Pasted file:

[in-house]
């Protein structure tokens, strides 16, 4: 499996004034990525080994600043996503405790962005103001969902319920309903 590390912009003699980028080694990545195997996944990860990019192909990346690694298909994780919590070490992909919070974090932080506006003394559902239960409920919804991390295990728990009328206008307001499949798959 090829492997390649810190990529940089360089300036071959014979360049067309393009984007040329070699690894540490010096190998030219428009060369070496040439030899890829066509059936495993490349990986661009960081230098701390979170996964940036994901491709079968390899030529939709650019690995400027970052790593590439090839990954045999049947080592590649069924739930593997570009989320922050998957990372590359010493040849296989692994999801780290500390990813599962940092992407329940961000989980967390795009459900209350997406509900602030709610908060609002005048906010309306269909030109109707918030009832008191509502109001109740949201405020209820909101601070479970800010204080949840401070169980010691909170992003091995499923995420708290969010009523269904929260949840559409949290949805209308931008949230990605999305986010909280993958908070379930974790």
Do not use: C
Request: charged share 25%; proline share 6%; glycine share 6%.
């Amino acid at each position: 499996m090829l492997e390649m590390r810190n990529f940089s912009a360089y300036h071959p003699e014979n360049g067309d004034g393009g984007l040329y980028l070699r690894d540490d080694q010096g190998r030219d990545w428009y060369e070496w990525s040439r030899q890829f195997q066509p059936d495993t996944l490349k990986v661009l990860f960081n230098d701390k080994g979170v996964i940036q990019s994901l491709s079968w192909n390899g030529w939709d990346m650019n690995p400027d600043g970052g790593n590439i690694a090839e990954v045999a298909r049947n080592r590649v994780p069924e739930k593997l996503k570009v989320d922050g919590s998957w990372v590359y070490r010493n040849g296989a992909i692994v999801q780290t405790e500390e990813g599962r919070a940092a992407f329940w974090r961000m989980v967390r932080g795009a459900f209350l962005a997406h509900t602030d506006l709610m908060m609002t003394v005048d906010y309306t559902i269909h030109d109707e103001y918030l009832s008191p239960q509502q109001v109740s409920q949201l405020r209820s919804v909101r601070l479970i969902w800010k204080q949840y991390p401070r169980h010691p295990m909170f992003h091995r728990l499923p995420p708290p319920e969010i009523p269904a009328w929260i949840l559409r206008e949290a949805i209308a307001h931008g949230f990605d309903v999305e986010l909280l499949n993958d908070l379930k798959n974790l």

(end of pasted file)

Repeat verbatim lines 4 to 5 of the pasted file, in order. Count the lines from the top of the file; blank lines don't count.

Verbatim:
Request: charged share 25%; proline share 6%; glycine share 6%.
């Amino acid at each position: 499996m090829l492997e390649m590390r810190n990529f940089s912009a360089y300036h071959p003699e014979n360049g067309d004034g393009g984007l040329y980028l070699r690894d540490d080694q010096g190998r030219d990545w428009y060369e070496w990525s040439r030899q890829f195997q066509p059936d495993t996944l490349k990986v661009l990860f960081n230098d701390k080994g979170v996964i940036q990019s994901l491709s079968w192909n390899g030529w939709d990346m650019n690995p400027d600043g970052g790593n590439i690694a090839e990954v045999a298909r049947n080592r590649v994780p069924e739930k593997l996503k570009v989320d922050g919590s998957w990372v590359y070490r010493n040849g296989a992909i692994v999801q780290t405790e500390e990813g599962r919070a940092a992407f329940w974090r961000m989980v967390r932080g795009a459900f209350l962005a997406h509900t602030d506006l709610m908060m609002t003394v005048d906010y309306t559902i269909h030109d109707e103001y918030l009832s008191p239960q509502q109001v109740s409920q949201l405020r209820s919804v909101r601070l479970i969902w800010k204080q949840y991390p401070r169980h010691p295990m909170f992003h091995r728990l499923p995420p708290p319920e969010i009523p269904a009328w929260i949840l559409r206008e949290a949805i209308a307001h931008g949230f990605d309903v999305e986010l909280l499949n993958d908070l379930k798959n974790l």